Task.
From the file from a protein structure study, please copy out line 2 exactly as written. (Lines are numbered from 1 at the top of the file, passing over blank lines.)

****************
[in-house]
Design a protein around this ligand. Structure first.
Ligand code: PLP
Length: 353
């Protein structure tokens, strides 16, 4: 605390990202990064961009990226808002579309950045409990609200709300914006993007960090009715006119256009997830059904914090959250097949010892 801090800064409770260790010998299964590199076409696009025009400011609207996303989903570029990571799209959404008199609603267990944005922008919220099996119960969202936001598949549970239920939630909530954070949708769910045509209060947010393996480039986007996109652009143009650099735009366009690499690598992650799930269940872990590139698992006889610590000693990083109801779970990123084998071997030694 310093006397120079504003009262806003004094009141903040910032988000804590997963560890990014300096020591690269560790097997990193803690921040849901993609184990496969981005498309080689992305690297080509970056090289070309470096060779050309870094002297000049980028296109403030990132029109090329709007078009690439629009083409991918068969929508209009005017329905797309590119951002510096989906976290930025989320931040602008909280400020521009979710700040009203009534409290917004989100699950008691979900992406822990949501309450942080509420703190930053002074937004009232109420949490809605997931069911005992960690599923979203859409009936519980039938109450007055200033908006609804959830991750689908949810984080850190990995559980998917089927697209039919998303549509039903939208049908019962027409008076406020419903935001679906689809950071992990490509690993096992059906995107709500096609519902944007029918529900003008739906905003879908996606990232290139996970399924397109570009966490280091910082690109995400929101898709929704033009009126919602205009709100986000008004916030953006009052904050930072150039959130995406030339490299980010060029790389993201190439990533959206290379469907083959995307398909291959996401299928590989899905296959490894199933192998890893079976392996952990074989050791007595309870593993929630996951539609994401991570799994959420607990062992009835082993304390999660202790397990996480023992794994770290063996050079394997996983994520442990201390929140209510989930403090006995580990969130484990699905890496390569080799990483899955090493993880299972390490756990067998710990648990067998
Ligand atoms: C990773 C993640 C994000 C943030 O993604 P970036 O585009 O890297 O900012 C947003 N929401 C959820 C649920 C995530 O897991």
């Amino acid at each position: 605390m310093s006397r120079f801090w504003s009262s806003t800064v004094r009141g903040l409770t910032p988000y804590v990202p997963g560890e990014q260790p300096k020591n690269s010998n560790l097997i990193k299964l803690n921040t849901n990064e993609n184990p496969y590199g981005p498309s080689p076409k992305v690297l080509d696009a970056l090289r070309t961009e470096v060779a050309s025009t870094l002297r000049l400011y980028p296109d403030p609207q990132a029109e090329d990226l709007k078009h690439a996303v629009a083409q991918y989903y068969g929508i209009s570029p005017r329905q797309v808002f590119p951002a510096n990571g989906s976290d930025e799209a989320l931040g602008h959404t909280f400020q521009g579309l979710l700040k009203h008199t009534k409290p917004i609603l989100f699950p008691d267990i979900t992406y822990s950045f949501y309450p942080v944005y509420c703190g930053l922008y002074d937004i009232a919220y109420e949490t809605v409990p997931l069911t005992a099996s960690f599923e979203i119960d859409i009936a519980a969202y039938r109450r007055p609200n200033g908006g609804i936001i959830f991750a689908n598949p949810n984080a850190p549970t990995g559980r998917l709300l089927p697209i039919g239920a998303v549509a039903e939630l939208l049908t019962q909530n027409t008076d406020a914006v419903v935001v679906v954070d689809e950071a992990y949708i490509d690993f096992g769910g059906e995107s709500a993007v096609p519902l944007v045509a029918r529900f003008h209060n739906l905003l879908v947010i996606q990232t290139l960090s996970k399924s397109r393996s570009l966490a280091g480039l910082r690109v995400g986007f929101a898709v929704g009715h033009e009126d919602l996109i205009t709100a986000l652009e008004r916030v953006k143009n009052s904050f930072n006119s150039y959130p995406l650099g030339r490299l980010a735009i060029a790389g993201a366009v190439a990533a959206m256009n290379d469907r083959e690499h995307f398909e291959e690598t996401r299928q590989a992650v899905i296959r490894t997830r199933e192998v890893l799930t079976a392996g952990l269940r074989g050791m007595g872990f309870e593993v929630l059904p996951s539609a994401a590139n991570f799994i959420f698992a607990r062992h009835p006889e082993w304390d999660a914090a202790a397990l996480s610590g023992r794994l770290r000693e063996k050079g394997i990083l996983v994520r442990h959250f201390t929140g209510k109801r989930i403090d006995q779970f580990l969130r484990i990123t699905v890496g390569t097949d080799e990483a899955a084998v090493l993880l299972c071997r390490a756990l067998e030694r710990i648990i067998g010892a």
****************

Design a protein around this ligand. Structure first.